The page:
Tell a Photo Story, But Maybe Not with an Ipad




If you thinking about your photo story, then Buzzfeed has a tip for you: Don’t do it with your Ipad.  Here are 21 Reasons Why You Shouldn’t Take a Photo with an Ipad, especially not if you’re rioting.   And if you’re wasting time on the Internet, don’t panic.  The University of Pennsylvania actually has a course for that.   The course description reads, “Students will be required to stare at the screen for three hours, only interacting through chat rooms, bots, social media and listservs…..Distraction, multi-tasking, and aimless drifting is mandatory.”  It may not be as unfocussed as it sounds, though, critical texts include Guy Debord, Mary Kelly Erving Goffman, Betty Friedan, Raymond Williams, John Cage, Georges Perec and others.

Readings for next week are:

1) News in Your Pocket; Mobile Journalism at WSJ

2) Tips on Mobile Journalism (Ariel)

3) Ferguson’s Citizen Journalists Revealed the Value of Undeniable Video (Guardian)

4) Could the Surge in Mobile Destroy What’s Best about the Internet?

Assignments are :

1) Write a blogpost on the innovative use of one type of technology on your beat.   (for Nov 3)

2) Tell a story relating to your beat through photo gallery, a series of at least five photos which tell a story.   Make sure there’s a person in at least one of your pictures. There needs to be plot development, rather than a number of photos of the same thing from different angles. (for Nov 5)



Snap it, tweet it, instagram it, pin it.




Pic from Blog 1000

Everyone is doing it. Even dismissed New York Time editor, Jill Abramson, is working on a start-up, this time to cover one story a year.

For Wednesday’s class, we will be discussing visual journalism.   The reading is:

1) Photojournalism in a New Media Economy (Nieman Lab)

2) Is Instagram’s Social Network Dumbing Down Photography? (Poynter)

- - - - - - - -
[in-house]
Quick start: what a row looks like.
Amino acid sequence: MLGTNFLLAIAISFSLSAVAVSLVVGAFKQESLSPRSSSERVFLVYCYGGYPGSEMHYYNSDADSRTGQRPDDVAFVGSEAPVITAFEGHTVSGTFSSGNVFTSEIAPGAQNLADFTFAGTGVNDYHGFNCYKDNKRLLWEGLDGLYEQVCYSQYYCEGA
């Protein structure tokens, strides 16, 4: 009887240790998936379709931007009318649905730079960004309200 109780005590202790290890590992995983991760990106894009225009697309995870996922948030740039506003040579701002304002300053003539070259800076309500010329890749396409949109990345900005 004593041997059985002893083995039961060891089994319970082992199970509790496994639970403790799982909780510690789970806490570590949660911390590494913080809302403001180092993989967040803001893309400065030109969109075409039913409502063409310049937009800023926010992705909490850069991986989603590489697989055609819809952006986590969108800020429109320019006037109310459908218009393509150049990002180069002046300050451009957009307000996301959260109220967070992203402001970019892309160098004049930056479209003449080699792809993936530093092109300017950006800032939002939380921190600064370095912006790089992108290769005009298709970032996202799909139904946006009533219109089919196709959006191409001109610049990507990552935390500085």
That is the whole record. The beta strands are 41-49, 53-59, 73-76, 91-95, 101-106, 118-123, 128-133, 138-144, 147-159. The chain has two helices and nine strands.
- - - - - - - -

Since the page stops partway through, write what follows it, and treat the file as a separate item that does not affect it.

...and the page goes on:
3) What’s A Picture Worth?  The Digital Disruption of Photojournalism (The Media Briefing)

Assignment (for Nov 5th):  Tell a story relating to your beat through photo gallery, a series of at least five photos which tell a story.   Make sure there’s a person in at least one of your pictures.  There needs to be plot development, rather than a number of photos of the same thing from different angles.

Five Things I Learned This Week

1) Buzzfeed gets 180m unique views a month, compared to the Guardian’s 59m.

2) People like lists in multiples of 5.  Or in 21s.

3) The Huffington Post has 28 fulltime blog editors.

4) The Huffington Post has begun waxing lyrical about… uh… poetry. 

5) Digital disruption means that authors of books now shoot trailers to post on Youtube.  If you’re going to watch one, this is the one to start off with. It stars Gary Shteyngart, with James Franco as his husband.   And Jonathan Franzen as his shrink.




I know we are only mid-way through the term, but it might be time to start thinking about your final assignments.  There are a number of interesting conferences coming up, which could give you ideas, particularly for the sports fans.   There’s a conference on The Values of College Sport   on Nov 14th & 15th, which includes a keynote speak by Macarthur Genius Taylor Branch.    And on the same day over at the Ross Business school, there’s a Social Media conference including speakers from Facebook, Google and Twitter.

For those who can’t think that far ahead, your short-term assignments include reading Mastering The Art of Disruptive Innovation in Journalism by Clay Christiansen.  Be warned, I feel like a quiz coming on, so do make sure you are up to date with your reading.   And the assignment is to write a 300 word blogpost on a data visualization connected to your beat that you find effective, and the reasons why it’s effective. What kinds of visual tools are used to present ideas, and how different is it from traditional journalism? What are the shortcomings?

Data, data everywhere



Pic from Image Dynamics

We’re all suffering from data overload, and next class we will look at various strategies to visualise and organize data.

Please read the following before Monday’s class, and don’t forget to post your audio assignments:

1) The Cholera Map that Changed the World